Beats Working: New Blurt Blog Debuts

 

New BLURT Column spotlighting
“dusty instrumental hip-hop, techno and bass artists” kicks off.

 

By Dominic
Umile

 

When I
pitched a column idea to my patient editor at BLURT, it was with the intention
of carving out a place for its readers to find an intimate discussion of
electronic music, or records that are largely beats-driven, be it dusty
instrumental hip hop, techno, or the subject of this first entry, happenings in
various bass artist circles. My initial idea
was in part informed by a reaction to the instantaneous one-offs and press
release re-posts that are occurring these days with unhealthy frequency. I hope
to offer what I consider a deep and more personal analysis of new (and maybe
older) releases in lieu of the immediate, short-form album appraisals and
so-called “criticism” of “leaked” MP3’s that materialize
within 15 minutes of their mass distribution. I’m calling this endeavor Beats Working because there will be a
lot of talk of beats, and because consuming and thinking about music – whether
it’s on long subway commutes or sifting through records in my apartment – well,
it beats working. I’ve spent a good deal of time lately thinking about the
bass-oriented records that have come my way.

 

***

 

 

The
turbulent third LP from Dave
“2562” Huismans
(pictured, above) rattles so much, it’s unlikely
that you’d ever detect one of the disco samples that allegedly stirs and
stutters at its foundation. The Netherlands-born, Berlin-based producer has
been exploring a haunting dubstep-minimal techno sound for years, and even
though his source material was limited to loops from classic disco vinyl for Fever (no additional synths or drum
programming), the new tracks are far closer to hard, cold techno than the
releases in his recent catalog.

 

 


2562 – Aquatic Family Affair (doubt000 A) by 2562 / A Made Up Sound

 

 

The beats
are deep and pugnacious for Fever,
and the base of pre-album single “Aquatic Family Affair” as well as
the title track treads closely to the rhythmic patterns on Dave Huismans’ 2009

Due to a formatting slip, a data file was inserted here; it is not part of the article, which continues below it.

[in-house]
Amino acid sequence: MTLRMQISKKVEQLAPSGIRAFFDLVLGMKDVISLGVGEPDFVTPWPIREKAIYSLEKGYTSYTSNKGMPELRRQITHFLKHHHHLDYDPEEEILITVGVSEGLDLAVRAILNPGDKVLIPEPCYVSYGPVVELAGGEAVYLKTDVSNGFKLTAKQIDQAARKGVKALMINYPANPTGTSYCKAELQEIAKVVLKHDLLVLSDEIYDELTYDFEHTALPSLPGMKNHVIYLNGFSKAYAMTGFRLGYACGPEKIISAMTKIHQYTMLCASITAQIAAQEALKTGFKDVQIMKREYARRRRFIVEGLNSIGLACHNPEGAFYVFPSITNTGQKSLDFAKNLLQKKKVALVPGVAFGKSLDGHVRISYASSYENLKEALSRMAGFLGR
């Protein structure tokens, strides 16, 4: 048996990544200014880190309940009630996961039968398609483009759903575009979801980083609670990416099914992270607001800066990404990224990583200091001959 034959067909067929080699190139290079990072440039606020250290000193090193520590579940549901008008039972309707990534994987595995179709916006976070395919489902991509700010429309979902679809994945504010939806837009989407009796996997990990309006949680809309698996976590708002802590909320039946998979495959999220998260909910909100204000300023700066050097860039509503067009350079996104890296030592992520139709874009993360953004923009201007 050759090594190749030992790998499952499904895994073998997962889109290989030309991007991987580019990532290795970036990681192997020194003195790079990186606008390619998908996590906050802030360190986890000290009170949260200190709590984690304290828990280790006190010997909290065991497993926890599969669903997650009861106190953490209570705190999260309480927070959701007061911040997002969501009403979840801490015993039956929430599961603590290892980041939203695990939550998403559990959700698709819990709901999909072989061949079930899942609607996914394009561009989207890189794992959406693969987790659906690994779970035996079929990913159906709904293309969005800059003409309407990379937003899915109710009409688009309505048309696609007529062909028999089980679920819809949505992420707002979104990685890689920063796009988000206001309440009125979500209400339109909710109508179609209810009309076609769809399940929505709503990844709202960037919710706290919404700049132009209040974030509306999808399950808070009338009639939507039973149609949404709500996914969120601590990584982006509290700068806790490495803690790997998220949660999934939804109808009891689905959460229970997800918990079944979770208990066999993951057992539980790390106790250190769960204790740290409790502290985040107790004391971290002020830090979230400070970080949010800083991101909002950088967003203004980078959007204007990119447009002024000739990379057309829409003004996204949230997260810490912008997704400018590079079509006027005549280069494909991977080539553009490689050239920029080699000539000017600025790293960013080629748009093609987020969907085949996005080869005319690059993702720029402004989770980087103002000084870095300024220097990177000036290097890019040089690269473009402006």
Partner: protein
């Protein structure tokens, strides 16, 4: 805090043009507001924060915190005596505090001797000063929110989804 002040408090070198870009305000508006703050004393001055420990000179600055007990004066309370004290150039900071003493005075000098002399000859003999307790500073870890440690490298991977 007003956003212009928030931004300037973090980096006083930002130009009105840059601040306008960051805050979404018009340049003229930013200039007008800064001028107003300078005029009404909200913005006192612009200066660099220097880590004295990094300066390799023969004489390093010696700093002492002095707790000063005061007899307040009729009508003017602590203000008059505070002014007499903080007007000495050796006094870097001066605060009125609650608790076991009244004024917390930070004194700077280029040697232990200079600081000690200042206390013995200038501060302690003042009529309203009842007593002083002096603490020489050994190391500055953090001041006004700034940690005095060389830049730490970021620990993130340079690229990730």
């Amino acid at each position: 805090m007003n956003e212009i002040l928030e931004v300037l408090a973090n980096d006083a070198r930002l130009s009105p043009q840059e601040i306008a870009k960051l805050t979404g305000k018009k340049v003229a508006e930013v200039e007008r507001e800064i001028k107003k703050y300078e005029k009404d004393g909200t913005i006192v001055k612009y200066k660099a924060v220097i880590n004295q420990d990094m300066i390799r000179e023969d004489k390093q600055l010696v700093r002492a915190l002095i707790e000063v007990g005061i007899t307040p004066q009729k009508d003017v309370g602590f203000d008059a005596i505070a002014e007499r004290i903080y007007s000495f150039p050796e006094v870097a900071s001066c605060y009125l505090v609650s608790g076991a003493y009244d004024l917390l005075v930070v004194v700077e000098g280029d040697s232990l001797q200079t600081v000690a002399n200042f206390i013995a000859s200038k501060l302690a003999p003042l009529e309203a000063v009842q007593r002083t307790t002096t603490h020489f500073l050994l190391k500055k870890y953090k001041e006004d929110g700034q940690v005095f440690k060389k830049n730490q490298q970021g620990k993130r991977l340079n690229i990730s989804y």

LP
Unbalance, where percussive
thrusts of kick drums and hi-hats drive an affable mix of dubby textures and
hazy techno. Fever is fascinating and
difficult to digest – at times it’s similar to Claro Intelecto’s dim Warehouse Sessions, devoid of the melody
that so frequently underpins the last 2562 outing. “Juxtaposed” is
rich with fluttering sci-fi sonics and long-echoing snare rolls, while Fever‘s mere chunks of bass and metallic
clinks are weaved into track-length machine rumbles on “Flavour Park
Jam” and on the blurting “Cheater.” Huismans trims dizzying
textures down to half-second bits and layers them on top of hard and jumbled
beats for most of the record, while tangible instances of tightly packed 4/4
dance music occasionally bubble to the fore – micro-diced synth bits and
backward swirls on “Brasil Deadwalker” and “Final Frenzy”
are built for a thrilling club set, but certainly nothing here sounds like
disco. Instead, Huismans expands his palette with a perpetually cryptic record
that’s really difficult to explain to your friends. I’ll take that over disco
any day of the week.

 

Drew “FaltyDL” Lustman doesn’t stray noticeably far from
the temperate analog sounds that we generally associate with disco records on
his second proper full-length for Planet Mu. As much play as the more prominent
UK garage and house-inspired dubstep offshoots are getting these days, New
Yorker Lustman has remained ahead of the pack, loading his work with
consistently provocative shifts in color and rhythm. On You Stand Uncertain, Lustman exhibits a refreshing and ever-steady
intention to sweeten lush, late-night house-driven dance music with strong
melodies and loads of atmospherics.

 

 


To London by FaltyDL

 

 

 

Often as
shadowy and hypnotic as the jumbled headphone opus he dubbed Bravery in 2009, You Stand Uncertain is also bright and dramatic, lined with risky